Now that we have entered the last quarter of 2021, some of you are about to assume the role of insufferable self-righteous assholes, so I am going to call you out on it right now. I don't really care to engage in debates over secular coffee cups or Christmas being ruined by someone wishing you a "Happy Holidays". I am not concerned about the images of ghosts and goblins or sugar skulls, nor am I willing to celebrate Holy-ween in your church's parking lot. We are not going to argue about what is traditional or not about Thanksgiving, so if my Kid comes home with a homemade Pilgrim hat, I am just going to deal. We are not doing the Culture War Hunger Games this year.

I've got plenty of battles I am willing to fight, but here are some ground rules. We will not be intentionally mis-gendering any one. We will not discuss tattoos or piercings at the dinner table. It is none of your business when someone is going to settle down or if they ever will. Ditto for having children. We're not going to be passive aggressive and make disparaging comments about discipline until them and their bad ass kids are gone. We will not discuss weight loss or your Peloton workouts. We are not going to entertain your lectures on vegan living and no one is going to eat that tofurkey (so wrap it up and take it with you). Yes, we will be considerate of food allergies and won't force your children into unwanted hugs or kisses by relatives they don't know. We will avoid topics that will likely result in unnecessary drama, so don't start none, won't be none.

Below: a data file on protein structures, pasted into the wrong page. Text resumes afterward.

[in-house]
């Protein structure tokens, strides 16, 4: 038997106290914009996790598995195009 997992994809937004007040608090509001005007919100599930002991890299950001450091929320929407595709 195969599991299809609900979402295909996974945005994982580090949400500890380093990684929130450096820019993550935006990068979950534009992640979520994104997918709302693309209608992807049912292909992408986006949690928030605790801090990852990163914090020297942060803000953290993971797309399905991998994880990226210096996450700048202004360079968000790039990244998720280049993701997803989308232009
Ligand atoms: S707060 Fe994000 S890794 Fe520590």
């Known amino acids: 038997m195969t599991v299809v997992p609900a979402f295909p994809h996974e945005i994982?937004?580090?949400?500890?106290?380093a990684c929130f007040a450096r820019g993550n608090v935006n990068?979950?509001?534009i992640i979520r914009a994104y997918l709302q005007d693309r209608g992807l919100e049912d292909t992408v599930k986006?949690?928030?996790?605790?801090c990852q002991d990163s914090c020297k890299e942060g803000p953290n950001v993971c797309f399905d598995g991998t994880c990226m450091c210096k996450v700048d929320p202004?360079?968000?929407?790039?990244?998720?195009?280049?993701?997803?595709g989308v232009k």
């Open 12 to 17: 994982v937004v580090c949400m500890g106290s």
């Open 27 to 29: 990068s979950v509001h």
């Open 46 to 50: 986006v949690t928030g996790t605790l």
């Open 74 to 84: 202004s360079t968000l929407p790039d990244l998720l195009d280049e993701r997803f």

We are not watching that Dave Chappelle special

I don't care if you bleed burgundy and gold, you will refer to the Washington Football Team (WFT) as the Washington Football Team (WFT) until such time as they settle on a real name. Baseball season will be over soon, so you've had enough time to get used to the fact that the MLB team in Cleveland is called the Guardians now, so stop whining snowflake. If you say anything negative about any female athlete, so help me you are not getting a to-go plate.

And now we get to my most controversial pronouncement: we are not blaming anything on the gays. I've already said what I said about intentional mis-gendering and not watching Dave Chappelle, so this should not be surprising, but it needs to be stated, emphatically and without a stutter. Leave all of that intolerance back in 1989.

Let's stop and linger on that edict in particular because of all the culture war clashes that are raging unresolved for the moment, this is the one topic that is a bona fide dead horse. Stop thrashing that carcass. Cease and desist from blaming all of the world's problems on people who just want the freedom to exist and to love whom they choose. For in spite of the lip service we pay to not caring about what people do in their personal lives, we very much care and that inconsistency has real consequences. 

This isn't about whether you approve of someone's 'alternative' lifestyle or if you truly care about the eternal destination of their souls. There is some child who will hear your disparaging tirades on sissies and dykes, and they will spend considerable time tormented by descriptions of their feelings as unnatural and unholy. That child will look in the mirror and question whether God loves everybody, and that could result in all kinds of self-destructive choices. And no, it isn't persecution or censorship because you are entitled to your opinions, but you are not entitled to express them in such a manner as to intentionally cause harm to others in mixed company.